Remarkably, the Podimetrics team members had never met until the Hacking Medicine conference in October. But by the second day of the conference, they had sketched out a proposal for a data-transmitting shoe insole and wound up as one of six winning teams. They immediately turned their attention to the MIT $100K Entrepreneurship Competition’s Elevator Pitch contest on Nov. 2 — and Podimetrics was one of two runners-up as well as the audience-choice award winner.
The idea started with team member David Linders, who’s working toward both an MBA from the MIT Sloan School of Management and an SM in mechanical engineering from the MIT Leaders for Global Operations program (LGO). Linders, who has a long-standing interest in medical devices, had been pondering ways to reduce the prevalence of foot amputations in diabetic patients (there were almost 66,000 such amputations not related to accidents in 2006, according to the Centers for Disease Control and Prevention).
The Podimetrics insole gathers and transmits continuous information about the patient’s feet, which are vulnerable to serious infections for several reasons. Diabetes can slow healing and cause neuropathy, or loss of sensation in the feet, explains Linders and teammate Jonathan Bloom, M.D., an MBA candidate at Sloan. Bloom completed his residency in anesthesiology at Massachusetts General Hospital in 2009 and then worked in the respiratory and monitoring solutions unit of Covidien in Boulder, Colo.
The disease can also damage blood vessels in the foot and elsewhere in the body, as well as cause shortening and stiffening of tendons in the foot, which alters the mechanics of the patient’s footfall, Bloom says. Even standing still for a period of time can cause pressure sores, because unlike patients with diabetic neuropathy, “you and I have the sensory wherewithal to shift our weight from time to time,” Linders says.
All this means that a seemingly minor problem such as a bruised toe or an ill-fitting shoe can lead to an infected wound that won’t heal and can endanger the patient’s life unless the foot is amputated. To prevent such problems, diabetic patients are told to take care of their feet and check them daily, but they sometimes forget, since they may not feel any pain in their feet even when there’s a problem. To get around this issue, sensors in the Podimetrics insole would wirelessly alert the patient and caregivers about possible trouble spots even before they’re apparent to the patient or caregiver.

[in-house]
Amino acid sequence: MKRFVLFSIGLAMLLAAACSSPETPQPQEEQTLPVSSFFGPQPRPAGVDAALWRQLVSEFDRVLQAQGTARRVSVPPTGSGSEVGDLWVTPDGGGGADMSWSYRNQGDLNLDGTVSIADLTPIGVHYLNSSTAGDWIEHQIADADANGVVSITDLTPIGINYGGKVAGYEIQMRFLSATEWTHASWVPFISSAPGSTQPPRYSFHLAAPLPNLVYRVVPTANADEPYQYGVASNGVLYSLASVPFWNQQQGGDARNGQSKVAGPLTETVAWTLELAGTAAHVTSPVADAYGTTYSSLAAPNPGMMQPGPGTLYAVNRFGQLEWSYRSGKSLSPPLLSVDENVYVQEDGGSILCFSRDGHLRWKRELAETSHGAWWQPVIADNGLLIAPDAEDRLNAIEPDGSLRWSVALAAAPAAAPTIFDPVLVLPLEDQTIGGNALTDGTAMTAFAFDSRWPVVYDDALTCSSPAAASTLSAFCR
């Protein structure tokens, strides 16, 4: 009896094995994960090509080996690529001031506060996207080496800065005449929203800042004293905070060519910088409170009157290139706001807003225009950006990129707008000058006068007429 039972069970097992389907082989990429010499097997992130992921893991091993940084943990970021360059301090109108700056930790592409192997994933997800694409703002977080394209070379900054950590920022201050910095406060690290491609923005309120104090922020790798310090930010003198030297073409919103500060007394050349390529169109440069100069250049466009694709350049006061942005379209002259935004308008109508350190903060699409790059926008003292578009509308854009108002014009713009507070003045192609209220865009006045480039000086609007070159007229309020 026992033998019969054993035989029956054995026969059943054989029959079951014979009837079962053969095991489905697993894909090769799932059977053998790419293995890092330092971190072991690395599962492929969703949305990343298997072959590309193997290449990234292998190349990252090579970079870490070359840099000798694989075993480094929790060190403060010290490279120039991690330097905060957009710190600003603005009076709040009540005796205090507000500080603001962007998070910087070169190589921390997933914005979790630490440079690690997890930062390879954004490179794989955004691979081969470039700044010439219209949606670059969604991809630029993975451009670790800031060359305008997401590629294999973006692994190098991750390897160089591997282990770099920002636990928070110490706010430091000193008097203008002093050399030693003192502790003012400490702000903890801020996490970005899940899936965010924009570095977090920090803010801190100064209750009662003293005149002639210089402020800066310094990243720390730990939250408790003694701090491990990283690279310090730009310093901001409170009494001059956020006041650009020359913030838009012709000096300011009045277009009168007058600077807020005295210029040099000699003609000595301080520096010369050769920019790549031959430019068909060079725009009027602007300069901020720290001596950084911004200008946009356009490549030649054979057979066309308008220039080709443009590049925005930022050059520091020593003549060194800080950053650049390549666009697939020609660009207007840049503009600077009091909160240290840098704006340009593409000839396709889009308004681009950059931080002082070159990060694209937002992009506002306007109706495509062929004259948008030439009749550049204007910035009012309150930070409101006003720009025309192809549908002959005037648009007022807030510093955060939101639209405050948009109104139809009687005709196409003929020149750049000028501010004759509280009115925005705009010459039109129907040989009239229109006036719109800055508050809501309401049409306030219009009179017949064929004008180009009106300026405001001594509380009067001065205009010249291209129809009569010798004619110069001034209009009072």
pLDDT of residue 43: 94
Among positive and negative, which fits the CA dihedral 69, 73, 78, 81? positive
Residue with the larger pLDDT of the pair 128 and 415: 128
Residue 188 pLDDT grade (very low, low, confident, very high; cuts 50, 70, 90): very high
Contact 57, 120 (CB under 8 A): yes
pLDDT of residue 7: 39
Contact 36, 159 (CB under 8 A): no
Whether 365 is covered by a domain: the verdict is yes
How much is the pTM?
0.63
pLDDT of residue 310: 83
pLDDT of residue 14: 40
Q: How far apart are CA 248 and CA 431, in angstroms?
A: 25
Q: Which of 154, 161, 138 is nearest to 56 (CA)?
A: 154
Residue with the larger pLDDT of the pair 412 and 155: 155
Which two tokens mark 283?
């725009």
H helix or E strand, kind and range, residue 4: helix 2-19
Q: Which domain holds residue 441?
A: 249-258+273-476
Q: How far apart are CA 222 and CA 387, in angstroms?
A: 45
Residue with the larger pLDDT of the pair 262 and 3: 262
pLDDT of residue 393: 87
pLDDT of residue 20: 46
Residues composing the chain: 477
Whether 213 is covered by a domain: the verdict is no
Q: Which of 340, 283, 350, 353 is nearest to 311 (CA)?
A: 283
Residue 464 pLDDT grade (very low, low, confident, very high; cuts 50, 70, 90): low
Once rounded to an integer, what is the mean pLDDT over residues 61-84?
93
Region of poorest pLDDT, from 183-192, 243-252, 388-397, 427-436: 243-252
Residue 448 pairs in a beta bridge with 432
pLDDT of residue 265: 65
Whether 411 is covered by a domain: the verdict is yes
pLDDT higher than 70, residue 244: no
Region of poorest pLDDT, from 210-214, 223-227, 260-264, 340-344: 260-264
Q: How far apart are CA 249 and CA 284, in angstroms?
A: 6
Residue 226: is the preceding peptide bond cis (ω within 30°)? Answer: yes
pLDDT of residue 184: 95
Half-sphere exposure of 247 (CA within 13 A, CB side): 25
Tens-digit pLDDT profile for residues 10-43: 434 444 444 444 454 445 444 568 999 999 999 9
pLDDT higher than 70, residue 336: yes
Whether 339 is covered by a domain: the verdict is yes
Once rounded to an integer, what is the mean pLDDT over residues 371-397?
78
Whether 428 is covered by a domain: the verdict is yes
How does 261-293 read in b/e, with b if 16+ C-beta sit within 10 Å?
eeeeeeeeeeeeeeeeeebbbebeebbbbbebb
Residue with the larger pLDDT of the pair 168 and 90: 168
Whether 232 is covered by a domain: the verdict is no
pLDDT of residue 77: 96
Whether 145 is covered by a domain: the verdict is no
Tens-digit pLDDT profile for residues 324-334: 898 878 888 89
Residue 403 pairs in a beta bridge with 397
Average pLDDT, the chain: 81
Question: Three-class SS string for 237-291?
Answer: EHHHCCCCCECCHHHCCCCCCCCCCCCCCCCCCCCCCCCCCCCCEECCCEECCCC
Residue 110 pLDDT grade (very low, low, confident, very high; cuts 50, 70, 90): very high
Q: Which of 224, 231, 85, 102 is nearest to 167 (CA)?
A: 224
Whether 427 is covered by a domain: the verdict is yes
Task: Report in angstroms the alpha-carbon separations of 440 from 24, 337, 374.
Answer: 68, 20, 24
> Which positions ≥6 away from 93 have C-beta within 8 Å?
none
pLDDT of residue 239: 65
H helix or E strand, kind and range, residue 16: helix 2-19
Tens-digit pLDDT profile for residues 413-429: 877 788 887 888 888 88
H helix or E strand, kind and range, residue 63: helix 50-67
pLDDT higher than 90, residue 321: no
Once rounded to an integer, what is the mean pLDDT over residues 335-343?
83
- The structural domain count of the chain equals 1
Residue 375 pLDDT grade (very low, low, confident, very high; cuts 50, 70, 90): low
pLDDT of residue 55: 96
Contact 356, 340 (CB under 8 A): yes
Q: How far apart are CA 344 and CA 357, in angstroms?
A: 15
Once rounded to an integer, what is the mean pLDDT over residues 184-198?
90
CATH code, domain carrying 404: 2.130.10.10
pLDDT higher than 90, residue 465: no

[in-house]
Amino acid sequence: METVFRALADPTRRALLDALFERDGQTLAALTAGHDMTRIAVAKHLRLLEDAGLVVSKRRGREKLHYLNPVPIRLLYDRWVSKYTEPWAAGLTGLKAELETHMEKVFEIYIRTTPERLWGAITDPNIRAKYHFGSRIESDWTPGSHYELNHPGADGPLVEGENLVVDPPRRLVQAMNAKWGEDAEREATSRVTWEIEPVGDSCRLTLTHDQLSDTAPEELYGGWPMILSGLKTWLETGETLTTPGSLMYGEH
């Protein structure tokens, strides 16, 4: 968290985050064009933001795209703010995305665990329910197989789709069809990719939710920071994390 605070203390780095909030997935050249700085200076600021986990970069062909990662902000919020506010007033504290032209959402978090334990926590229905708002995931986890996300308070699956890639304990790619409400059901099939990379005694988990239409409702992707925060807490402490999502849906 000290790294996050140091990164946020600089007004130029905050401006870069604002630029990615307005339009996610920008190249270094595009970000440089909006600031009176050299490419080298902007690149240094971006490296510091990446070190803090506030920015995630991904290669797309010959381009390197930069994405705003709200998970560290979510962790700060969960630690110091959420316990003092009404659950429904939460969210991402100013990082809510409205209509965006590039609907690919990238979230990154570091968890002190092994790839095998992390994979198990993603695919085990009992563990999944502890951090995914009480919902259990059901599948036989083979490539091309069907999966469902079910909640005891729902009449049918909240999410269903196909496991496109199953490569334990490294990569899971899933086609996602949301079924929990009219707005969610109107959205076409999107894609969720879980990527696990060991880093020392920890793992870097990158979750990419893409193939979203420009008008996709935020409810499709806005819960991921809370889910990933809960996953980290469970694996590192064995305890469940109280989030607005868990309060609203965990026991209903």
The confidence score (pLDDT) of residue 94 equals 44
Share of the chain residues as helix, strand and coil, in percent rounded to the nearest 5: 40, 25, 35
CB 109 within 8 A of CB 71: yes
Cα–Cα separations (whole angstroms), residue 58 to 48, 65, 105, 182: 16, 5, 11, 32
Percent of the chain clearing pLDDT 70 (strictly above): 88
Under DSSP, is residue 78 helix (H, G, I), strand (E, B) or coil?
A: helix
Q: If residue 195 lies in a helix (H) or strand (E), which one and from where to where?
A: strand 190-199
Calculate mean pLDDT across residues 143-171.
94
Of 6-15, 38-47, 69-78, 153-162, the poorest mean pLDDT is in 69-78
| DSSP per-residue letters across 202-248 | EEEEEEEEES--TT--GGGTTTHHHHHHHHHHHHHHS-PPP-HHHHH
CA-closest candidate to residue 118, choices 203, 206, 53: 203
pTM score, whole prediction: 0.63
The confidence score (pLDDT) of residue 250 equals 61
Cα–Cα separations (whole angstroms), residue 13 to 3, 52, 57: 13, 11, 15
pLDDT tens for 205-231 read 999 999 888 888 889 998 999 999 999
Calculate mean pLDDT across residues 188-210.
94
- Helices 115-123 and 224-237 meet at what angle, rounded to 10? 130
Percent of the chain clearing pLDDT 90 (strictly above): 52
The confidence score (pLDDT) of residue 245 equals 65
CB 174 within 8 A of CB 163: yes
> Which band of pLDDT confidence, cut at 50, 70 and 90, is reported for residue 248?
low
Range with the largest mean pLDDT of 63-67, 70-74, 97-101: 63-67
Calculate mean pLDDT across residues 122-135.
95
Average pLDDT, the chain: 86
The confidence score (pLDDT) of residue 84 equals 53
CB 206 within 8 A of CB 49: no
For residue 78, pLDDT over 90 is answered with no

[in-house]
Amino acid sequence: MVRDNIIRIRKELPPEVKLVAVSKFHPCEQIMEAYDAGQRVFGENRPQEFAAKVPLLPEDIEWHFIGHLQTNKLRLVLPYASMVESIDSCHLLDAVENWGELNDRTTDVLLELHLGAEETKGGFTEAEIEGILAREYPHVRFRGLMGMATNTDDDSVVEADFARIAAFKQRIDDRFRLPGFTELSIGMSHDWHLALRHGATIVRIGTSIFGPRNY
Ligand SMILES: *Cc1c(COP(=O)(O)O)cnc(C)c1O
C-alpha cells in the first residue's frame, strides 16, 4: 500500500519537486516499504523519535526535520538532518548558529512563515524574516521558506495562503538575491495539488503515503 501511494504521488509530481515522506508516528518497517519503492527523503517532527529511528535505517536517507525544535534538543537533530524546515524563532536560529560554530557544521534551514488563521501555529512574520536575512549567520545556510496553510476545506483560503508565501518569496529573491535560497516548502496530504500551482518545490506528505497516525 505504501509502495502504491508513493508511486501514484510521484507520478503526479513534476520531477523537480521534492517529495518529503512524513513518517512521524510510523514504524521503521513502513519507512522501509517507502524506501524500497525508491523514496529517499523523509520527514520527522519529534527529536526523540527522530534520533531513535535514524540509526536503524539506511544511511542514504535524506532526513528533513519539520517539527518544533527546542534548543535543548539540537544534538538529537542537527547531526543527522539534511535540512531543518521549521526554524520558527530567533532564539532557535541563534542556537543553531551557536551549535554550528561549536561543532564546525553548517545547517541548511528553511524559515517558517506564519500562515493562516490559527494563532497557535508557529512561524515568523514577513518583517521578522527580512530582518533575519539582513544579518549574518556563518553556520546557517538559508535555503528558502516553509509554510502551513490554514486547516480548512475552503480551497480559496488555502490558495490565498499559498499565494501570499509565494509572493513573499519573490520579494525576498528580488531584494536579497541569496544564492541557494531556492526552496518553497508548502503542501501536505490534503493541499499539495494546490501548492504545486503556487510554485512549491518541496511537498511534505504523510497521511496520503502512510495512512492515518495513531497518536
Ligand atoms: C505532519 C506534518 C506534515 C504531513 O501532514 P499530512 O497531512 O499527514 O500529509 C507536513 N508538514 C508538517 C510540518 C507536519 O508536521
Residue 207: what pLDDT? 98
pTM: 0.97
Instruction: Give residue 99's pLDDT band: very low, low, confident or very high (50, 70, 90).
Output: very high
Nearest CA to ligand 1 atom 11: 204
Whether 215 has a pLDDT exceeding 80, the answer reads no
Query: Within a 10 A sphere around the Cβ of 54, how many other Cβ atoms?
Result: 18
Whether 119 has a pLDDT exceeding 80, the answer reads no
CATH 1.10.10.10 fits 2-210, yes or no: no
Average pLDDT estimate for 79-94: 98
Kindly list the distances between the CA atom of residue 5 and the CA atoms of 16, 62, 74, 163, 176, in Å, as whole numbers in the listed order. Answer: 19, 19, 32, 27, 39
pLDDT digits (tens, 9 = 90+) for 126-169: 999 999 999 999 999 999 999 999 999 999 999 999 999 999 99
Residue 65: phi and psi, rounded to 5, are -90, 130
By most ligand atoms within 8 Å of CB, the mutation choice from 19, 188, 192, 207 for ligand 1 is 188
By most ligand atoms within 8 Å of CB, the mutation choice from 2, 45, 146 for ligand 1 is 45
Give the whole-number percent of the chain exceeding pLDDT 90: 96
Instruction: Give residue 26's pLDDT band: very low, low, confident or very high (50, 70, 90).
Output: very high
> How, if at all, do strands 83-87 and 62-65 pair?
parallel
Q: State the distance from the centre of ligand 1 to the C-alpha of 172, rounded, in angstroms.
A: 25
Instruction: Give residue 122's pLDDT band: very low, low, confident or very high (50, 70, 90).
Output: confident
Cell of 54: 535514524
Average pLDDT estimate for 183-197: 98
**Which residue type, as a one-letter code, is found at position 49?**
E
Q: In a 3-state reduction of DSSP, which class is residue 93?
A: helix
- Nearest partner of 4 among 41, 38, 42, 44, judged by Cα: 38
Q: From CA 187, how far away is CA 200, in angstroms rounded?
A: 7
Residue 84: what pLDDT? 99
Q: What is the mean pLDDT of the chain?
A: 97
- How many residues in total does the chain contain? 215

One of the key sales channels will be podiatrists, who treat diabetic patients with foot problems but need more data between visits to track and prevent those problems. “It’s extending the doctor’s office into the everyday world,” Bloom says.
Also on the Podimetrics team were Jeff Engler, an MBA student at Harvard Business School; Adam Geboff, a senior electrical engineer at iWalk, a prosthetic robotics company in Bedford, Mass.; and David Kale, a machine learning engineer at Children’s Hospital in Los Angeles.
“What was nice about Hacking Medicine was kick-starting our relationship as a team,” says Linders, who worked for two years on an implantable device to aid in the treatment of lung cancer at Calypso Medical Technologies in Seattle before enrolling in MIT LGO. While he was studying bioengineering at the University of Washington, he helped found a company that created fiber-optic sensors to measure the force being applied to a patient’s limb by a physical therapist.
“I’m really fascinated with the transfer of products from R&D to production,” Linders says, and earning master’s degrees in both mechanical engineering and management through MIT LGO “is killing two birds with one very large stone.”
Next up for Podimetrics: the MIT $100K Business Plan Contest in March, the third and final event in the three-tiered competition started in 1989 by the MIT Entrepreneurs Club and the Sloan New Ventures Association